I agree with my hon. Friend, but there is a great deal of doubt in the profession about how those functions must be carried out. When a company goes to the market for fresh funds and has to issue a prospectus, the auditors have a well defined responsibility. When a company fails to analyse its own data, nobody is confident about what is happening. Auditors cannot act in a clairvoyant manner because the data on which they might base professional and responsible advice to shareholders has not been prepared or, if it has, it might not be reliable because, in different branches of the business, managers approach the making of estimates or the collecting of data concerning performance, costing. profits and so on, quite differently. They sometimes do that in a way which suits their comparative performance.

When the data is unreliable or the estimates of the costs of the business are based on inadequate knowledge of markets and technical factors, there is an acute difficulty for the auditors. If they sense that the company is coming under the scrutiny of shareholders or institutional investors who are anxious about the way it is going and then come out brazenly with criticisms that are made public, they simply serve to compound the difficulties of a company which might be basically sound and add to the problems which could be corrected if management knew what to do.

All too often, management does not have the necessary professional guidance from people who know what happens in other businesses. It should be noted that 90 per cent.—perhaps a higher proportion—of our public companies are already doing what I am asking. The proportion might even be 99 per cent; but some companies are not doing what I suggest. The managements of those companies might be ignorant of the fact that they are not handling the preparation of data and estimates in a way which many other businesses would regard as commonplace.

I have proposed the provisions of new clause 4 many times before and the text bears the signs of my having received very well-informed professional advice when I first drew it up. I have chosen to refer only to public companies, partly because I do not want to make new burdens for private concerns and partly because small businesses are naturally able to make their own estimates of where they are going in a way which is quite different from the practice of large companies. In regard to the preparation of data and estimates, small businesses should follow practices similar to those which I recommend for public companies, but it is not necessary to carry that idea into company law.

The great majority of public companies, and all well-managed concerns, collate their records of company performance and make projections of the future course of the business as an elementary precaution and as an automatic aspect of good management. They regard it as a matter of course and an essential element in the control of the business. Because some companies do not do that, however, we have shock insolvencies. We should not be prepared to allow that situation to continue when it can so easily be remedied with existing management and professional resources.

Companies may prepare their forecasts punctually and competently or they may rely upon the hunches of senior management. That can sometimes be a good way to run a business, but it can sometimes be a disastrous way to run a business. I am sure that anyone who has experience of industry or commerce could think of examples of companies that come under those categories.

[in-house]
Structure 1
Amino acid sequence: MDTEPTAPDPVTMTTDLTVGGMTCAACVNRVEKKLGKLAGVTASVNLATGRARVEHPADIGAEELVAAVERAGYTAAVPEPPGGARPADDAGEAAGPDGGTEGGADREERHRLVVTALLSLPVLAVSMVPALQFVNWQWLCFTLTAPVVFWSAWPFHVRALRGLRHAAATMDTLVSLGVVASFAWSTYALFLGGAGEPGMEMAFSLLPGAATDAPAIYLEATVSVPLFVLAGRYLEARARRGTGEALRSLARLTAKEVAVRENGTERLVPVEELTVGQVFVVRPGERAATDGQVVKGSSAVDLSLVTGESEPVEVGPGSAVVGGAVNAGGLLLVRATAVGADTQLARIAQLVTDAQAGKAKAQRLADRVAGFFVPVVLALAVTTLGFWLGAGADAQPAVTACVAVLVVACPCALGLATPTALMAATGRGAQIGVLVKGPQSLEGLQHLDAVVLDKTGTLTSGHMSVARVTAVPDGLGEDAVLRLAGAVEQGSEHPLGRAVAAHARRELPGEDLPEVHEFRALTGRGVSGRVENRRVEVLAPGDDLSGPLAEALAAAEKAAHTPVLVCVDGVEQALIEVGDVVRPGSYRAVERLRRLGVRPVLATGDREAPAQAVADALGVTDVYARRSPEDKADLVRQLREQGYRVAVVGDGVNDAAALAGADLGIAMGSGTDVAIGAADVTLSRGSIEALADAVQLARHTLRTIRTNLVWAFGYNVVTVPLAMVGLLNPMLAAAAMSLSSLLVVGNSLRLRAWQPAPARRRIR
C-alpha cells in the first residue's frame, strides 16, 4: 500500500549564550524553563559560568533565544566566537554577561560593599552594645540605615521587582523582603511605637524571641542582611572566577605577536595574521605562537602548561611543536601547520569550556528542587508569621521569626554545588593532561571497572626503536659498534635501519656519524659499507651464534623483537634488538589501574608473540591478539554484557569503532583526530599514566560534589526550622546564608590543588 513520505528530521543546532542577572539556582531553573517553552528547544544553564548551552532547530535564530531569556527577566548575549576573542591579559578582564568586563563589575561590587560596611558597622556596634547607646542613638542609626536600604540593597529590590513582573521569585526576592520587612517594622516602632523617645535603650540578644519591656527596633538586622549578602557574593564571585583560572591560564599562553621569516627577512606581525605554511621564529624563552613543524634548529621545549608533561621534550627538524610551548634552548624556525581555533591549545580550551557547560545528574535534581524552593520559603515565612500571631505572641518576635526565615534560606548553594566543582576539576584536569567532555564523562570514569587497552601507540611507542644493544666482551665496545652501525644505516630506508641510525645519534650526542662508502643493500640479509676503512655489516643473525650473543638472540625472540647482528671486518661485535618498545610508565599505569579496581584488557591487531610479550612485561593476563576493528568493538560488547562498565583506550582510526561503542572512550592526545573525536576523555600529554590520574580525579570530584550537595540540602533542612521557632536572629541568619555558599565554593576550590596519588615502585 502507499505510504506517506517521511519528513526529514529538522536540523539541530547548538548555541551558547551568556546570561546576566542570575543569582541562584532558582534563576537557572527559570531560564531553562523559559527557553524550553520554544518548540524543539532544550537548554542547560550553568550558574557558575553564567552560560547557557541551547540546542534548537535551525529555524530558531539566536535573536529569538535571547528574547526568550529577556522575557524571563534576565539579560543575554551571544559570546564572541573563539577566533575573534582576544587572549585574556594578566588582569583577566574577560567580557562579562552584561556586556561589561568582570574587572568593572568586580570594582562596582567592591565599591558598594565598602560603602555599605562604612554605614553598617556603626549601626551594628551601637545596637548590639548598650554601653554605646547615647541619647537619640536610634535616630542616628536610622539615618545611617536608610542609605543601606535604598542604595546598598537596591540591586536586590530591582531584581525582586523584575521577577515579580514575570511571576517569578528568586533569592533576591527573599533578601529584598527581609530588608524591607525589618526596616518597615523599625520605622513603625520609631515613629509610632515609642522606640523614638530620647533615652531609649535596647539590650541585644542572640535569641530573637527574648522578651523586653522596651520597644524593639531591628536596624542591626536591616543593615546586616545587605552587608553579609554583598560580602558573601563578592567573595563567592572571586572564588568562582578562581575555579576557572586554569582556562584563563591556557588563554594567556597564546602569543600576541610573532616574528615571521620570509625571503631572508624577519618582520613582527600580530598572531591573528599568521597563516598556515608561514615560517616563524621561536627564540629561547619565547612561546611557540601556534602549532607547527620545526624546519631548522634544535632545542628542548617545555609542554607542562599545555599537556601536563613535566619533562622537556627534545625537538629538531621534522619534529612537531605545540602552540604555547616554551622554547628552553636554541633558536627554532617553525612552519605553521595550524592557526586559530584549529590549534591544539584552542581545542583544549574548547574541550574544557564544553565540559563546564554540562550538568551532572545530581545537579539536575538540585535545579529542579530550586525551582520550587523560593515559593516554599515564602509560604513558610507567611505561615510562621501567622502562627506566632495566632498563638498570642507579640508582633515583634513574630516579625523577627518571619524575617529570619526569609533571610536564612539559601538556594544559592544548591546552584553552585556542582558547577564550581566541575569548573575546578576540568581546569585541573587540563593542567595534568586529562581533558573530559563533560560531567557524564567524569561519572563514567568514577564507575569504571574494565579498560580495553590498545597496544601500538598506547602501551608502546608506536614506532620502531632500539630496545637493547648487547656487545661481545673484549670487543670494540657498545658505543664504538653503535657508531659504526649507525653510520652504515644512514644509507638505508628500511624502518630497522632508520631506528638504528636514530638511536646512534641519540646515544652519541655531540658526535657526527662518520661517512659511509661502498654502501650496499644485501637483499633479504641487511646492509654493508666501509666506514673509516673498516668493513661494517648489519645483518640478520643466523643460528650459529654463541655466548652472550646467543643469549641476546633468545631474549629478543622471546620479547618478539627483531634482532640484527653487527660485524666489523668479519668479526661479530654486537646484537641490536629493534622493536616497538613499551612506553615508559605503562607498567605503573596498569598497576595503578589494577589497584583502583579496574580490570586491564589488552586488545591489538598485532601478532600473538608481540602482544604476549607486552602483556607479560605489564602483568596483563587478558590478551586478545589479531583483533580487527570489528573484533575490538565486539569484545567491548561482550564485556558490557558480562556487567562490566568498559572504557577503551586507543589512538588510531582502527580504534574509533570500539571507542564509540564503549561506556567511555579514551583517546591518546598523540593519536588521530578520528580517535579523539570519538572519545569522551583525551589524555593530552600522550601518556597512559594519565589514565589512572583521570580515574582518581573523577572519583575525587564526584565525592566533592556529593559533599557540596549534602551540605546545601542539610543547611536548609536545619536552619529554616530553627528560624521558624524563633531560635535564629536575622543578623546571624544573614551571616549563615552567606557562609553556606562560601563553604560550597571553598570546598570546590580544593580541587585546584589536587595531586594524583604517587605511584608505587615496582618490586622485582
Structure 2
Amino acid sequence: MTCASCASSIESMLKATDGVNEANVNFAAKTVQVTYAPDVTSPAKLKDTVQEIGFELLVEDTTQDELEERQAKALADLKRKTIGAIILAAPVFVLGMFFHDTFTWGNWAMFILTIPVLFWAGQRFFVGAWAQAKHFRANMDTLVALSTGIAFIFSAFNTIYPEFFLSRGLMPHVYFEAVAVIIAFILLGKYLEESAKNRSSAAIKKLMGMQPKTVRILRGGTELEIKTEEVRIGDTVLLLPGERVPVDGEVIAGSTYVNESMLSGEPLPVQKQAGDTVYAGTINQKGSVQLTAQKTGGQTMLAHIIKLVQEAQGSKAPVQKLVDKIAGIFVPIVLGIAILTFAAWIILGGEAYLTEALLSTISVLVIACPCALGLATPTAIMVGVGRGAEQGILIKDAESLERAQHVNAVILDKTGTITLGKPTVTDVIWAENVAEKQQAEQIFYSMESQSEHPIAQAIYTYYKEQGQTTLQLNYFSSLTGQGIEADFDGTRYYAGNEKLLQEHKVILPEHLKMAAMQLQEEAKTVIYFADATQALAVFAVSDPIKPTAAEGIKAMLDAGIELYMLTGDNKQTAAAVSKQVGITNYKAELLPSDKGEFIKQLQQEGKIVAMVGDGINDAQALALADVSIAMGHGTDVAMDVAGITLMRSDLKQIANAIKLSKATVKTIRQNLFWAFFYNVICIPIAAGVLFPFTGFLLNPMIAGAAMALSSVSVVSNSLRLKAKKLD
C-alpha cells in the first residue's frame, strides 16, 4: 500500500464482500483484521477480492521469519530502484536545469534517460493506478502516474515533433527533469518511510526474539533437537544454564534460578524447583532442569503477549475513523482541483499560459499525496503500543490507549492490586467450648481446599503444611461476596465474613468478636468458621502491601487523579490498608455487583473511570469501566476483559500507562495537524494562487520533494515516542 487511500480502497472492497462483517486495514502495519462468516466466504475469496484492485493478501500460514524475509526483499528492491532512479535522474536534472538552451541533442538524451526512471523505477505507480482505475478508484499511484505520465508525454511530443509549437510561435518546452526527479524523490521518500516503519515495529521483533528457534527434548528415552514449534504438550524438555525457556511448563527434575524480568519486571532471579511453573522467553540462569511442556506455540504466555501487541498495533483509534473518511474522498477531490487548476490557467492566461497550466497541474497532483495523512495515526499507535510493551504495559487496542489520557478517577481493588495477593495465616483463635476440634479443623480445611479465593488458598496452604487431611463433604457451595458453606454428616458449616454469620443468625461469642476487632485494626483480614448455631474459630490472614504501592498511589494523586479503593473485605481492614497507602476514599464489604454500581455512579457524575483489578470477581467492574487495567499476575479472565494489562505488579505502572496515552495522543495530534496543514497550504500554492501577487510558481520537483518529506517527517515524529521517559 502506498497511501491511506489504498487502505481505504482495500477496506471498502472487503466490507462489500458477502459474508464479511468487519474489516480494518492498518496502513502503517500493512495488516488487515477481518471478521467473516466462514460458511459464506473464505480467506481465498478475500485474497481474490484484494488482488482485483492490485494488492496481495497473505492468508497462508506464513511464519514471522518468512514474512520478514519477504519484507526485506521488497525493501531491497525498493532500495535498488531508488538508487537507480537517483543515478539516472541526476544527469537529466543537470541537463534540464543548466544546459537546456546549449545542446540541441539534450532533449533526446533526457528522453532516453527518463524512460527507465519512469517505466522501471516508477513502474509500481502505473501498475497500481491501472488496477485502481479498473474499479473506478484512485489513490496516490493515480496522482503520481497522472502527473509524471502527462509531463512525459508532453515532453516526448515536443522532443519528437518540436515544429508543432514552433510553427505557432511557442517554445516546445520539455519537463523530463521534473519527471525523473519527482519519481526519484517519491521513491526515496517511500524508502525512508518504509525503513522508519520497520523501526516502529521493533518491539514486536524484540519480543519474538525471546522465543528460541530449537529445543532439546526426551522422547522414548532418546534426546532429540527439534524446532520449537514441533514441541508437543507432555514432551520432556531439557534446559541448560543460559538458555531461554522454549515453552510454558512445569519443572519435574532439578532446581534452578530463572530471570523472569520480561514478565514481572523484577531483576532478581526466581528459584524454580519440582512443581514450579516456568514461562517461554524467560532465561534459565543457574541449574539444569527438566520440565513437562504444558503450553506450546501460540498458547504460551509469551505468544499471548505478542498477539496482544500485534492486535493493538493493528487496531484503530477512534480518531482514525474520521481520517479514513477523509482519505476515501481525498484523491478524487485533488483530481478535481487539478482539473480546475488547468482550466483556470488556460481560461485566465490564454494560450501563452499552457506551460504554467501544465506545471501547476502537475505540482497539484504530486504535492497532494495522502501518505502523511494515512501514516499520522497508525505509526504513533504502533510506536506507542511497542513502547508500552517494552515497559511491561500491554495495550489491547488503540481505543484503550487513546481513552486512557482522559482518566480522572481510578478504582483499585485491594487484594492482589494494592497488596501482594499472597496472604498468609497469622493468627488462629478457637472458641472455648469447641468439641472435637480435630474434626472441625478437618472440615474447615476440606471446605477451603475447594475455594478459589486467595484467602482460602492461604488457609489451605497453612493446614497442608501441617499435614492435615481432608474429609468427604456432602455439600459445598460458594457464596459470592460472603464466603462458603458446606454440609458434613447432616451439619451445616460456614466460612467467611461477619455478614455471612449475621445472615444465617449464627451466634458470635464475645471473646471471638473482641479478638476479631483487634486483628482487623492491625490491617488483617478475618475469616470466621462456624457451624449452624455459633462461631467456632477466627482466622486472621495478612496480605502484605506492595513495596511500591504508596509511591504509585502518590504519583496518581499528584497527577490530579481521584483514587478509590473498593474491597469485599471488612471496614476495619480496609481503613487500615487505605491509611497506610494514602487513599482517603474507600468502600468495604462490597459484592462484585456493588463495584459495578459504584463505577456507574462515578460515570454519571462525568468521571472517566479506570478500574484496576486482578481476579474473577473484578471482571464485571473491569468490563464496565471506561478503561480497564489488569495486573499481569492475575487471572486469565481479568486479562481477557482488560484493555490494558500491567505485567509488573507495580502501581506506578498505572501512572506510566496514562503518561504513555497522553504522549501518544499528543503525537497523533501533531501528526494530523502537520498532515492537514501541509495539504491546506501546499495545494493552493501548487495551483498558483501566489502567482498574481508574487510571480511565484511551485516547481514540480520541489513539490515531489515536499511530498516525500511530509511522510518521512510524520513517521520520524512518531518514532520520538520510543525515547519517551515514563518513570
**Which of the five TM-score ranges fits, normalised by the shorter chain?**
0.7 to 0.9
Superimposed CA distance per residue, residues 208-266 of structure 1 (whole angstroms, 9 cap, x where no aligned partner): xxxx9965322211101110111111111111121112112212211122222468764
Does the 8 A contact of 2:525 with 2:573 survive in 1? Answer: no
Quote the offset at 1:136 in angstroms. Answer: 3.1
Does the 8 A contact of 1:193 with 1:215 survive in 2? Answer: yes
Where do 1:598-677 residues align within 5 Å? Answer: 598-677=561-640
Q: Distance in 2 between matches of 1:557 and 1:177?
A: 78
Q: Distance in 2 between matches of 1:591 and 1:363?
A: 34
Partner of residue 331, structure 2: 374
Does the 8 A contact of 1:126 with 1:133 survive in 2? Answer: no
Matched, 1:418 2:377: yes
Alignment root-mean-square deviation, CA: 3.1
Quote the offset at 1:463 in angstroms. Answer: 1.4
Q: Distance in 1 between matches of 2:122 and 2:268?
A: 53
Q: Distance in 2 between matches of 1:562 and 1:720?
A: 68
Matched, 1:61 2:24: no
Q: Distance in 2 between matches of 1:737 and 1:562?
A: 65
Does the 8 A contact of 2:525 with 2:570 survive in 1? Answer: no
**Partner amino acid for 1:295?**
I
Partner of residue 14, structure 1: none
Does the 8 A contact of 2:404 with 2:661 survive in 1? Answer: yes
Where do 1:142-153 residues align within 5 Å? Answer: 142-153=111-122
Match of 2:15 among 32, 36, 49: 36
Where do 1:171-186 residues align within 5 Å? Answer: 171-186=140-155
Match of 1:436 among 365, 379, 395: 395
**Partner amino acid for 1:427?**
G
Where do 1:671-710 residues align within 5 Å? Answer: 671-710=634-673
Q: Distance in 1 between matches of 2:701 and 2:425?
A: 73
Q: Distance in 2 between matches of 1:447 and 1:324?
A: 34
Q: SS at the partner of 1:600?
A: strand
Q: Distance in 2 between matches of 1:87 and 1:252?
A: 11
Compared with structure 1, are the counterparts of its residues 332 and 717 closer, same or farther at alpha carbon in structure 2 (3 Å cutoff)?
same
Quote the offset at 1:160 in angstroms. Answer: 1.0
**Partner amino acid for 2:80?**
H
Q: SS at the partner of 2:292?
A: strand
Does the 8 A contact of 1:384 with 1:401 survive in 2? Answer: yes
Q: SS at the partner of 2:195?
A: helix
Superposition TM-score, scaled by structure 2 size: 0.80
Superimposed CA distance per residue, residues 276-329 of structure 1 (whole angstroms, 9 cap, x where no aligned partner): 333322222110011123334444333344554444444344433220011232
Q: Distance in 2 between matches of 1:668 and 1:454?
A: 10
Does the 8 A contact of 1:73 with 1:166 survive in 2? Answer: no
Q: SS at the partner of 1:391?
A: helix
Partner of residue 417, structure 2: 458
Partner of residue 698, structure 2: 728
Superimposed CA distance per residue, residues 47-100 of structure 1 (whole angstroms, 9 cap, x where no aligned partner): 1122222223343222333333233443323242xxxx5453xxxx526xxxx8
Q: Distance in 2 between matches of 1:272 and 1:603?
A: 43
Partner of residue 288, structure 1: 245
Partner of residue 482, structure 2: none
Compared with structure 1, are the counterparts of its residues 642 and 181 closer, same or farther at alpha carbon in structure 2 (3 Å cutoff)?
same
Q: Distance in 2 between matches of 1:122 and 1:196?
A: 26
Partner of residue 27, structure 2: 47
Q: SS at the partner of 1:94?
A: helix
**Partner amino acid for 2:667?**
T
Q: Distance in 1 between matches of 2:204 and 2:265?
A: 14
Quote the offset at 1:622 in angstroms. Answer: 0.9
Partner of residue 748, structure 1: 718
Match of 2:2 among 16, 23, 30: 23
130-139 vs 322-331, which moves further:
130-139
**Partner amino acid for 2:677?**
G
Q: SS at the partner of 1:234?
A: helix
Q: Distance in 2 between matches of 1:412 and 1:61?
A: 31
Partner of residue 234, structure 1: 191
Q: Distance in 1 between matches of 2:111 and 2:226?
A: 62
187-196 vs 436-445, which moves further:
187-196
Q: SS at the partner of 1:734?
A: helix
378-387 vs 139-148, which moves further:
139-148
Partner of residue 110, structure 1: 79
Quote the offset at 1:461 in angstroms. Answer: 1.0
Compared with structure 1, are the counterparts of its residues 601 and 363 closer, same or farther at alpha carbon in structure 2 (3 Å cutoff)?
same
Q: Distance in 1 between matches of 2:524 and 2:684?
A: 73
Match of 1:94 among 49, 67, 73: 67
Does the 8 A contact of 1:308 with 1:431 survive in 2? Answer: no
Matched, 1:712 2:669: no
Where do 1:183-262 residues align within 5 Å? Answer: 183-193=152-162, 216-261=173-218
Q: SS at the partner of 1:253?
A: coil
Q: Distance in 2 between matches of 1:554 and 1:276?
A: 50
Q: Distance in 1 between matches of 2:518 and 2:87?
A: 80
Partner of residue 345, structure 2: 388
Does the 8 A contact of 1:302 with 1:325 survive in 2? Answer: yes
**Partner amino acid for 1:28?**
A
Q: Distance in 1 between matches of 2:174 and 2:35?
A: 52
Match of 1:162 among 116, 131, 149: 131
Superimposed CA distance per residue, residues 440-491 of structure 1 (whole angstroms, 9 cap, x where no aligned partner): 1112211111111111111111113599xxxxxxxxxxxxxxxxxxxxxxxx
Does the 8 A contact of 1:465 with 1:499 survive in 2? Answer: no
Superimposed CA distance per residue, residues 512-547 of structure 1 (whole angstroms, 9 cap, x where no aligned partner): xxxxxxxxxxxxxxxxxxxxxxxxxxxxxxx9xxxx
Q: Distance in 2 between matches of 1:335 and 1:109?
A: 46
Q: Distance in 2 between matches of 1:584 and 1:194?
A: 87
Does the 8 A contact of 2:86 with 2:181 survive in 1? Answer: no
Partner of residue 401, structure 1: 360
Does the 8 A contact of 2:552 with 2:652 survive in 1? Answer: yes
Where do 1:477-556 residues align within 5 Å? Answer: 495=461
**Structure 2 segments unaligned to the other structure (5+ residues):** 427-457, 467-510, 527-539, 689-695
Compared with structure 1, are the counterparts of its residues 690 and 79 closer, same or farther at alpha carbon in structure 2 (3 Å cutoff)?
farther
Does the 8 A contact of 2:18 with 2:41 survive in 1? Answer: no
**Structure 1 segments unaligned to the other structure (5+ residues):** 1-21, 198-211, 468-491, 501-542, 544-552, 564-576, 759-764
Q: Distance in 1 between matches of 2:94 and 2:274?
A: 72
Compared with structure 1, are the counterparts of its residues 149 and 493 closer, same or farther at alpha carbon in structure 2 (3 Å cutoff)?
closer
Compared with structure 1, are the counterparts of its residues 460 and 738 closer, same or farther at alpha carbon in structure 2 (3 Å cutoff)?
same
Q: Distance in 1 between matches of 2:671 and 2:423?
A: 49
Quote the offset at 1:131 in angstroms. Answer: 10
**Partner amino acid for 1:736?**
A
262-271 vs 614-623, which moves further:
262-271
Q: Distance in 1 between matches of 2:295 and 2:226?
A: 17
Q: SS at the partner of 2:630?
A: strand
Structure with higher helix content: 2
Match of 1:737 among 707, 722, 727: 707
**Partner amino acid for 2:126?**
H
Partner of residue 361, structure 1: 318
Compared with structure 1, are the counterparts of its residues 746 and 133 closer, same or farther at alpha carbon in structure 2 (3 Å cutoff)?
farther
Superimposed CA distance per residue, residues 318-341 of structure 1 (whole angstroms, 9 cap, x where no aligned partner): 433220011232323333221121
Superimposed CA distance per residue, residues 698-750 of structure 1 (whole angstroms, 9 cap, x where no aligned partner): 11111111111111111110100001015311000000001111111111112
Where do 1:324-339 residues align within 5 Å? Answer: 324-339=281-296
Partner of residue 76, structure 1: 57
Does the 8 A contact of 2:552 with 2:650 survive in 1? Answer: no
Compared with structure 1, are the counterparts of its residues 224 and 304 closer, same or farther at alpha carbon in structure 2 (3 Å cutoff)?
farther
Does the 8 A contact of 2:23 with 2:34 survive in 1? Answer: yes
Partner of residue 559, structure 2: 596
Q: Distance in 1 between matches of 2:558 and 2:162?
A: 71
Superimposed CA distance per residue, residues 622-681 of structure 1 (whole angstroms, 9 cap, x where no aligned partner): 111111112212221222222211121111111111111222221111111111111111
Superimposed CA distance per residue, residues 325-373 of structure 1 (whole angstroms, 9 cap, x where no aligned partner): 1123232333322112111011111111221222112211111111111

8.30 pm

We sometimes find that a company is dominated by one powerful individual. A company created by an entrepreneur which has grown to the point where it finds it necessary to go public and which is then managed by the founder with a circle of relatively powerless or ill-informed directors and non-executive directors who do not have the knowledge necessary successfully to challenge the founder's decisions is a strong candidate for sudden insolvency. That is a well-known type of company in the City. They are sometimes profitable but sometimes disastrous.

With that in mind I have stipulated in new clause 4 that the data and estimates required under the clause should be circulated to all the directors, the company secretary and the auditors. I can think of many examples, as I am sure hon. Members can, where there is a clique of directors or members of top management who are fairly well in the know; and there is also an outer circle of people who are supposed to bear the responsibility for management but who are not kept fully informed of what is going on. That is another type of company that is a candidate for sudden insolvency.

If we are to have the doctrine of directors' collective responsibility, we must ensure that all directors are kept fully in the picture about the company's ability to pay its debts and carry on as a going concern. There will be some company secrets. I do not insist that a matter which is so private that if it were disclosed outside the firm it would damage the business should be circulated outside the company. I do not suggest that the data and estimates should be made known to the shareholders or to the public but only to those in the company who have to bear the responsibility for running it and to the auditors. All companies must gain if the directors know what is happening.

Who can decide what the company should be doing about the preparation of estimates and forecasts? Clearly, the professional accountants retained by the shareholders to supervise the way in which the company tackles its financial responsibility should do that. How can we give the auditors the power and the duty to perform that function discreetly but effectively without damaging the business? I have given that matter considerable thought, as hon. Members may be aware. What I suggest in new clause 4 is the best proposal that I can bring forward for my hon. Friend's consideration. I have been making the same suggestion for a number of years, and I should be pleased now to hear what the Department thinks of it. If it does not like my suggestion, we may hear what it recommends to fill that gap.